(b) This section does not prohibit a license holder from terminating an employee for a reason other than retaliation.
TEX.HEALTH & SAFETY CODE ANN. § 247.068 (West 2010). The question presented is whether this provision was intended to create a private cause of action upon which an aggrieved employee can personally sue an offending employer, or whether the Legislature intended only to provide the Department with the authority to penalize facilities for retaliatory actions. We begin our analysis with other subchapters of the Health and Safety Code. Legislation relating to the creation and administration of health facilities in Texas is compiled in Title IV of the Code.

Convalescent and Nursing Homes

Chapter 242 relates to convalescent and nursing homes. Section 242.133 provides in pertinent part:

§ 242.133. Retaliation Against Employees Prohibited
. . .
(b) An employee has a cause of action against an institution, or the owner or another employee of the institution, that suspends or terminates the employment of the person or otherwise disciplines or discriminates or retaliates against the employee for reporting to the employee’s supervisor, an administrator of the institution, a state regulatory agency, or a law enforcement agency a violation of law, including a violation of this chapter or a rule adopted under this chapter, or for initiating or cooperating in any investigation or proceeding of a governmental entity relating to care, services, or conditions at the institution.
(c) The petitioner may recover:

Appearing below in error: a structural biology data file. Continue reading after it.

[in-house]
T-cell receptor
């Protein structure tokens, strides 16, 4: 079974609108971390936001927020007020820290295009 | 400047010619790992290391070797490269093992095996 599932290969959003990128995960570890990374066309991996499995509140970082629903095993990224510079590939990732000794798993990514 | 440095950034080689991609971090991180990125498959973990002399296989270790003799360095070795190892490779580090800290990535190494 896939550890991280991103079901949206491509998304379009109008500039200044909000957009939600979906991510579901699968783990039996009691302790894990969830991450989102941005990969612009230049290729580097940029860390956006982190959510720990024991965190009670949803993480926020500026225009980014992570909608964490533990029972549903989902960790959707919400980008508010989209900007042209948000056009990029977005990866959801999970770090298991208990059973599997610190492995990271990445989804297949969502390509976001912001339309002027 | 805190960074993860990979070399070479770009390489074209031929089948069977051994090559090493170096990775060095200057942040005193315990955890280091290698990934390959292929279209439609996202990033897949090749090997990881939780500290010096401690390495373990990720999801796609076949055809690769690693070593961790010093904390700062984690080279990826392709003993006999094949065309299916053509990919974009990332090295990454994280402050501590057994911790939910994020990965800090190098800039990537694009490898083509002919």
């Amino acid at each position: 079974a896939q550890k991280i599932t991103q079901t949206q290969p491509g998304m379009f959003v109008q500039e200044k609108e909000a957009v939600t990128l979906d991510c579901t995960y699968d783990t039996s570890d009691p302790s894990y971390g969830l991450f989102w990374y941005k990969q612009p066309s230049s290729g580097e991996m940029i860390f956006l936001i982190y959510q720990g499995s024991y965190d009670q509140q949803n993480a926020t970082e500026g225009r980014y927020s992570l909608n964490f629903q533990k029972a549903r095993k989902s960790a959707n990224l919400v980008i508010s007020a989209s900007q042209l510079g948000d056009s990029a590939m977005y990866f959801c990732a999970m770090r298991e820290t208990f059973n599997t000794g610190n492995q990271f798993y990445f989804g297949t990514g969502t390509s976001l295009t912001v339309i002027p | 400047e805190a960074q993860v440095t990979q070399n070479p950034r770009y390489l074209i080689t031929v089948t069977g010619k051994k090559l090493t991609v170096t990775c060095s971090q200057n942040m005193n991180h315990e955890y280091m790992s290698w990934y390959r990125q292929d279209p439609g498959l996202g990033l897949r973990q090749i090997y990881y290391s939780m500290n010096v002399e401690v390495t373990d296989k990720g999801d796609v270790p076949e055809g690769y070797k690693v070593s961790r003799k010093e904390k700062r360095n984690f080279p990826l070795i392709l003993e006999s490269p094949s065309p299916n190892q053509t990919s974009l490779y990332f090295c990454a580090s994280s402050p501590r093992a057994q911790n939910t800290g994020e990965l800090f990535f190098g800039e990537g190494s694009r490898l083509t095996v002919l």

(1) the greater of $1,000 or actual damages, including damages for mental anguish even if an injury other than mental anguish is not shown and damages for lost wages if the petitioner’s employment was suspended or terminated;
(2) exemplary damages;
(3) court costs; and
(4) reasonable attorney’s fees.
(d) In addition to the amounts that may be recovered under Subsection (c), a person whose employment is suspended or terminated is entitled to appropriate injunctive relief, including, if applicable:
(1) reinstatement in the person’s former position; and
(2) reinstatement of lost fringe benefits or seniority rights.
TEX.HEALTH & SAFETY CODE ANN. § 242.133 (b)-(d). Subsection (e) provides the requisite statute of limitations. Subsection (f) places the burden of proof on the petitioner, but imposes a rebuttable presumption that the person’s employment was suspended or terminated for reporting abuse or neglect if the person is suspended or terminated within sixty days after the date the person reported in good faith. Subsection (g) then establishes three alternative venues. Clearly, the Legislature manifested its intention to provide a private cause of action for violations of Chapter 242.

Intermediate Care Facilities for the Mentally Retarded

Chapter 252 addresses intermediate care facilities for the mentally retarded. Section 252.132 speaks to retaliation against an employee and virtually mirrors the language of Chapter 242 with regard to a private cause of action, venue, statutes of limitation, and recoverable damages. TEX.HEALTH & SAFETY CODE ANN. § 252.132.

Mandatory Overtime for Nurses

Chapter 258 prohibits mandatory overtime for nurses. Section 258.005 further prohibits a hospital from suspending, terminating, disciplining, or discriminating against a nurse who refuses to work mandatory overtime. TEX.HEALTH & SAFETY CODE ANN. § 258.005 (West 2010). It contains no reference to administrative penalties or a private cause of action.